Bill Kramer is executive director for National Health Policy at the Pacific Business Group on Health.


5 replies »

  1. Please. The whole point of “pay for performance” is to pay physicians *less* for the same performance. This is a game that insurers and administrations are playing with us. Amazingly, patients we don’t take care of, or who are not compliant, show up on our panels magically, decreasing our pay. I can’t imagine how that happens…

  2. I still get concerned about paying hospitals and physicians for better quality, when it is our job from the beginning to do so. We are suppose to do no harm and also we are Accountable for Patient Care. There are models that exist like Geisinger, that have been successful for many years, clinically and financially.
    If a physician or hospital causes harm, then they shouldn’t be paid anything. When the PPMI program was rolled out a few years ago, we were rewarding compliance to doing BS and HgA1C’s in diabetic patients…………that is what you are suppose to do for a diabetic patient.
    When people discuss the cost of healthcare………what is it? Lab tests that do cost $25 can be charged at $250+. A $1 IV bag at $88. The system can be fixed if everyone can get together, sit down and come to reasonable methods.
    The US does pay for 75% or more of the research in the world….this contributes to higher drug and device costs. Is that fair? In Europe, companies are told by the government what they will pay for a drug or device. Patients have longer length of stays, but their cost for the LOS is less………..how?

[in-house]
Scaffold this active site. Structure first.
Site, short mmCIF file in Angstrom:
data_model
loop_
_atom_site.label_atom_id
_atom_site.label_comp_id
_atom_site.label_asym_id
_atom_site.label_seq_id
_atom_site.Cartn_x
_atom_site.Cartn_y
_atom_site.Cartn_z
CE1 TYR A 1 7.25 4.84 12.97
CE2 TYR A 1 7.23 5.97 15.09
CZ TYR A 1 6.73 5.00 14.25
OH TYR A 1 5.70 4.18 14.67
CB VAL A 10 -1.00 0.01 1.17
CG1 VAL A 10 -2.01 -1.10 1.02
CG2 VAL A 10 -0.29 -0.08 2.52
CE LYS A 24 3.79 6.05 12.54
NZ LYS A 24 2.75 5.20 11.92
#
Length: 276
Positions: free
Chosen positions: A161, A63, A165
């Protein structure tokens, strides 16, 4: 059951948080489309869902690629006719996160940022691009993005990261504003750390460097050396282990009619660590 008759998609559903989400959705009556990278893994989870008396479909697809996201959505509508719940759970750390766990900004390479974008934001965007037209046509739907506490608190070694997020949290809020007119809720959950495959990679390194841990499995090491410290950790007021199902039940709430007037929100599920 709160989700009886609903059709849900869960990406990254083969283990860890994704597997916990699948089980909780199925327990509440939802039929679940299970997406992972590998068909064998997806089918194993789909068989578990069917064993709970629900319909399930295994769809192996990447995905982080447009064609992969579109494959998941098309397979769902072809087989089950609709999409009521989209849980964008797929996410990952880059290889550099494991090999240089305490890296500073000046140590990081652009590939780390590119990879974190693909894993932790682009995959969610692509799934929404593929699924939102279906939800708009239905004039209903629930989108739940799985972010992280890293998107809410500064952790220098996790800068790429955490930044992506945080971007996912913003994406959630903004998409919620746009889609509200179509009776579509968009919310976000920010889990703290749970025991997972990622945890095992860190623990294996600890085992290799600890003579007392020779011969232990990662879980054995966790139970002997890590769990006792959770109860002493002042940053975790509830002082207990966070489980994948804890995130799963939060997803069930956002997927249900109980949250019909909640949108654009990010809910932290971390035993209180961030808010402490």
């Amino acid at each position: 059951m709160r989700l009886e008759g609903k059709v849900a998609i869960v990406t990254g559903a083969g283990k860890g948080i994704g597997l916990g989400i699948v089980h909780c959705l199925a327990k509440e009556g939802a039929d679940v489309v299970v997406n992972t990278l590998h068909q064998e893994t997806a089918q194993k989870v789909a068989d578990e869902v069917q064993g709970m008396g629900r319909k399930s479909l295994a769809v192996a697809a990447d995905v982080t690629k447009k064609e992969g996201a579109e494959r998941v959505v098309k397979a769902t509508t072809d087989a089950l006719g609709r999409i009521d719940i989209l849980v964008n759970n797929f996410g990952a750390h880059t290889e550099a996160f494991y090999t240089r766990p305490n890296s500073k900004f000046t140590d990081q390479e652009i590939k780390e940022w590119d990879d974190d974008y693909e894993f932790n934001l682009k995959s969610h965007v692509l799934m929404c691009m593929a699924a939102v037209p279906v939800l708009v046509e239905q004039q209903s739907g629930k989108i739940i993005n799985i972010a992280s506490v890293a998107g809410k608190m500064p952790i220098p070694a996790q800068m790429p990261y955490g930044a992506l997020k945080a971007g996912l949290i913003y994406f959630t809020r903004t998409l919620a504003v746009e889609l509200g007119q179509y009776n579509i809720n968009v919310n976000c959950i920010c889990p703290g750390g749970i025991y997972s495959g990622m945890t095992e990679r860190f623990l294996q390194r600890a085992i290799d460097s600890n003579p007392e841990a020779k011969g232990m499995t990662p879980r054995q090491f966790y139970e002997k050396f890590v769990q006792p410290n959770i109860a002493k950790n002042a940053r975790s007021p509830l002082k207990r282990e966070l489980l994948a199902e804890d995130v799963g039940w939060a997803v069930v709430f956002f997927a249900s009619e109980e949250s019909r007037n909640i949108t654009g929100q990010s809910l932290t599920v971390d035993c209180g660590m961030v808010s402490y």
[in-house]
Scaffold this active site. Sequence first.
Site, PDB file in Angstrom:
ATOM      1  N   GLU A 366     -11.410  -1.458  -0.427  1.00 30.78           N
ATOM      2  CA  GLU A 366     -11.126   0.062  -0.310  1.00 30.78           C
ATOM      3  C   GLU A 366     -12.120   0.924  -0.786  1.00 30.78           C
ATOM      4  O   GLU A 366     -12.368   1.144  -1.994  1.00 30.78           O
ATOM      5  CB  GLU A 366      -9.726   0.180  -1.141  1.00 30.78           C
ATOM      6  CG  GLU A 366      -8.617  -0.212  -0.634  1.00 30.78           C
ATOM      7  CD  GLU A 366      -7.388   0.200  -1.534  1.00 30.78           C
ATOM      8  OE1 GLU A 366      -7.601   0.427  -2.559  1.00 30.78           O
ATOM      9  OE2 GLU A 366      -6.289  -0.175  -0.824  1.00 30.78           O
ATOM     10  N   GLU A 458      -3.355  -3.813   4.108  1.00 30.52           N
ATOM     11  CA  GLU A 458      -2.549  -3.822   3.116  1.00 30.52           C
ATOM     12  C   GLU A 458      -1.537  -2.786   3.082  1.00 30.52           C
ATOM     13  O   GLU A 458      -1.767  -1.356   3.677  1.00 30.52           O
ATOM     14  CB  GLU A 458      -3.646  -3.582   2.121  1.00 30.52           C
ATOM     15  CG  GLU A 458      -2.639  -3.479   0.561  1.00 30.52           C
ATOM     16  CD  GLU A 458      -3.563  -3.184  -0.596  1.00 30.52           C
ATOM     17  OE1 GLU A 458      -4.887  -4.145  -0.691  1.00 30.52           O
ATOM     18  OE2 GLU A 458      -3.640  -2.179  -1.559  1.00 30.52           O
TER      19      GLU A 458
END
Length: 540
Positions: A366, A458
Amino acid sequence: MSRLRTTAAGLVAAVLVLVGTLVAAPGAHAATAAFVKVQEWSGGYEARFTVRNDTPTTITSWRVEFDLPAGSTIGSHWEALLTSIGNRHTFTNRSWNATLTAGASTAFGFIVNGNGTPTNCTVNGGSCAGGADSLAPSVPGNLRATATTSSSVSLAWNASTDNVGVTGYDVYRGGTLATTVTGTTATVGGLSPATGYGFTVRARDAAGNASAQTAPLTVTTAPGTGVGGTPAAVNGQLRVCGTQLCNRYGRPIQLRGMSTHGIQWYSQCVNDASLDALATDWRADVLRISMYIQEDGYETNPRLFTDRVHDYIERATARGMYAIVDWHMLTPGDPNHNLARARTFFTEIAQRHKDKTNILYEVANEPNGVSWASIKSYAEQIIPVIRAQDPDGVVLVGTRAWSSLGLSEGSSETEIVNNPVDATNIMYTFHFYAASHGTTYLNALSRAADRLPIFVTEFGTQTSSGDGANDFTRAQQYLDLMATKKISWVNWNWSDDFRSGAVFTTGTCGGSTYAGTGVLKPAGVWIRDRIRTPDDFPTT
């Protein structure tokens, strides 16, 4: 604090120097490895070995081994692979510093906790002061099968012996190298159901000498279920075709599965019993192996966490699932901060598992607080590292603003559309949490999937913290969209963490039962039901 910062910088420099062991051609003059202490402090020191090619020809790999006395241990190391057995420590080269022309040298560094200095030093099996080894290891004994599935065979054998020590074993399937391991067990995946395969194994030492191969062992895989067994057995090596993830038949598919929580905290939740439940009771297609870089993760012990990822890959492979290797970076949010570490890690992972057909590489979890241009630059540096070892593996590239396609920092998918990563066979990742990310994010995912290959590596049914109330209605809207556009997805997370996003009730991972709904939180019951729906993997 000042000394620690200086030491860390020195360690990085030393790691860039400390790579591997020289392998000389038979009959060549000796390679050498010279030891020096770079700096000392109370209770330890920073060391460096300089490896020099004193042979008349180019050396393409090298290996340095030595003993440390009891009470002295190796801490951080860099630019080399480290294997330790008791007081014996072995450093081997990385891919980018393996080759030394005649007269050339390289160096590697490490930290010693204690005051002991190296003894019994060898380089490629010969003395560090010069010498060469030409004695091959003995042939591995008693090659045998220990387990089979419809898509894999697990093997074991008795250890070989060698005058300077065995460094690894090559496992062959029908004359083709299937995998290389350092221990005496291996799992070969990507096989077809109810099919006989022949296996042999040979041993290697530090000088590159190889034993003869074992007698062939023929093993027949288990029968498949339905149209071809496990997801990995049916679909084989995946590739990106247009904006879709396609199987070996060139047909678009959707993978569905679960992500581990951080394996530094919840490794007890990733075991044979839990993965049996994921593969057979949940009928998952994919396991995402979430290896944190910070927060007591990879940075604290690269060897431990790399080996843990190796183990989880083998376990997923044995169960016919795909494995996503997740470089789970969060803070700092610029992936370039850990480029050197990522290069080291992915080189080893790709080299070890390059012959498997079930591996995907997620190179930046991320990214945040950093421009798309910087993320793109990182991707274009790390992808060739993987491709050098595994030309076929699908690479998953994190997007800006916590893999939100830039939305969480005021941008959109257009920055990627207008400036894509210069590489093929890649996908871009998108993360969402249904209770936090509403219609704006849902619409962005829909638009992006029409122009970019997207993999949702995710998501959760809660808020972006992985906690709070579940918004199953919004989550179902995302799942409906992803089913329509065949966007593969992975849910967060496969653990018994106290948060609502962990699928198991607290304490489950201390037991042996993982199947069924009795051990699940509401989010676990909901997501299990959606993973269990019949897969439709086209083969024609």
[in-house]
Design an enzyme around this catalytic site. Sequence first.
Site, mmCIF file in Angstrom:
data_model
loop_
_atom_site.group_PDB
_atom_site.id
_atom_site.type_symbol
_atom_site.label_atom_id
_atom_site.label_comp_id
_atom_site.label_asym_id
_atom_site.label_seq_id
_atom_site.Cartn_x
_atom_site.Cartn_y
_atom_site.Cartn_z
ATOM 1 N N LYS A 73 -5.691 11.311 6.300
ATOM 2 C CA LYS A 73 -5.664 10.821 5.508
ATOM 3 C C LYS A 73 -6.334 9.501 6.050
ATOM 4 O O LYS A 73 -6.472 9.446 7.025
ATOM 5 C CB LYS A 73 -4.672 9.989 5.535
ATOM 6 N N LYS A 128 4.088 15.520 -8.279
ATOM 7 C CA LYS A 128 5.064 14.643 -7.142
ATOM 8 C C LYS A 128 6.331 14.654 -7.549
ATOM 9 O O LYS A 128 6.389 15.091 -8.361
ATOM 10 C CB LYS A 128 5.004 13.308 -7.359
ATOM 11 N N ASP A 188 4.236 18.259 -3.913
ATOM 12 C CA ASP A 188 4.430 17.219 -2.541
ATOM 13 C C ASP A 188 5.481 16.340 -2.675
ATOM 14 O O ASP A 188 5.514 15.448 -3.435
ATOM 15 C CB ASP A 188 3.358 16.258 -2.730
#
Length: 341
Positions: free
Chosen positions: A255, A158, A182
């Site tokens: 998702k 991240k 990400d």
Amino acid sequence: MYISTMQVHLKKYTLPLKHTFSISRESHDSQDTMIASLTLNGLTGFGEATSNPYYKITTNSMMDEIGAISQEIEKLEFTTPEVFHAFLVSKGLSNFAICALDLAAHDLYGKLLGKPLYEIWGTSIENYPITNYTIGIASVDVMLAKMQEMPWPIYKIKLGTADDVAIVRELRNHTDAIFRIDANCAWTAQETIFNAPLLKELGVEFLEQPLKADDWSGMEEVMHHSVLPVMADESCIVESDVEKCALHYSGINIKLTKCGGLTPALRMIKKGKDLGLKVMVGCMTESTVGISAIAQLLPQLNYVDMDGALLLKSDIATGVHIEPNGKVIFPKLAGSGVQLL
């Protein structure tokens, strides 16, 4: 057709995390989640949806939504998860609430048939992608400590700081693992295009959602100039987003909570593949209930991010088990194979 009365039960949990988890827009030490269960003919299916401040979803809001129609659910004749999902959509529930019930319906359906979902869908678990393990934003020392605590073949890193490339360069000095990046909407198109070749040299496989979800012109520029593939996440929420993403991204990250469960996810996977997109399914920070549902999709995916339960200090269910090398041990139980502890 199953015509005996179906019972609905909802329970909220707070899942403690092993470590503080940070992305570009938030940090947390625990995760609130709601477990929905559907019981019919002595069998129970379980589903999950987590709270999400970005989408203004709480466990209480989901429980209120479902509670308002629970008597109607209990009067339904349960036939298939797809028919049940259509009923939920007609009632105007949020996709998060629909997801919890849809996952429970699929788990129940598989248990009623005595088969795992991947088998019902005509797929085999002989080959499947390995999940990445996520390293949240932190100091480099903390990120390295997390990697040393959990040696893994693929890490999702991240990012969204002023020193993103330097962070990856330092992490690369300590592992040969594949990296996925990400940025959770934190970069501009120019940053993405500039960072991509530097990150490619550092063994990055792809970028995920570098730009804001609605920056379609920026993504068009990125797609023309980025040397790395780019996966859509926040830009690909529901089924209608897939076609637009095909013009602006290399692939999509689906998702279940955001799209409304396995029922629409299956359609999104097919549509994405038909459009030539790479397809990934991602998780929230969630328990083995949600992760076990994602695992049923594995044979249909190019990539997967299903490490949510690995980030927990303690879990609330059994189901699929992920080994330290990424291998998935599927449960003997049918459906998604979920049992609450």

3. The idea of “pay for performance” is not going to work. It’s already bad enough with insurance companies barely reimbursing physicians. When they start telling you that you will get less because of “performance,” it will make physicians choose to care for only the healthiest of patients. You will be refused care at the physician level. Additionally, does it make sense to reimburse a surgeon for the “quality” of the surgery, not the number of surgeries he or she performs? Should they be reimbursed only if the patient lives? Does McDonald’s get reimbursed for the number of hamburgers it sells or the “quality” of the hamburgers? Health care in the US is a messed up system, but this is not the answer.

  4. This idea has been tried before, in the name of capitation with HMOs in the mid 1990s. We all know how that turned out.

    “Healthcare quality consultants” have never treated an actual patient, yet they pretend to be “experts” on quality healthcare.

    How many MILLIONS in middle-man fees are these companies paying PBGH?

  5. The joke is that the less they pay physicians, the greater the inflation in health care costs. Considering that not a penny can be spent without the doctor’s orders, one would think that Congress woul pay them well to do the right thing.

    Btw, the EHR and CPOE fiasco will run up costs, radically, sans improving outcomes.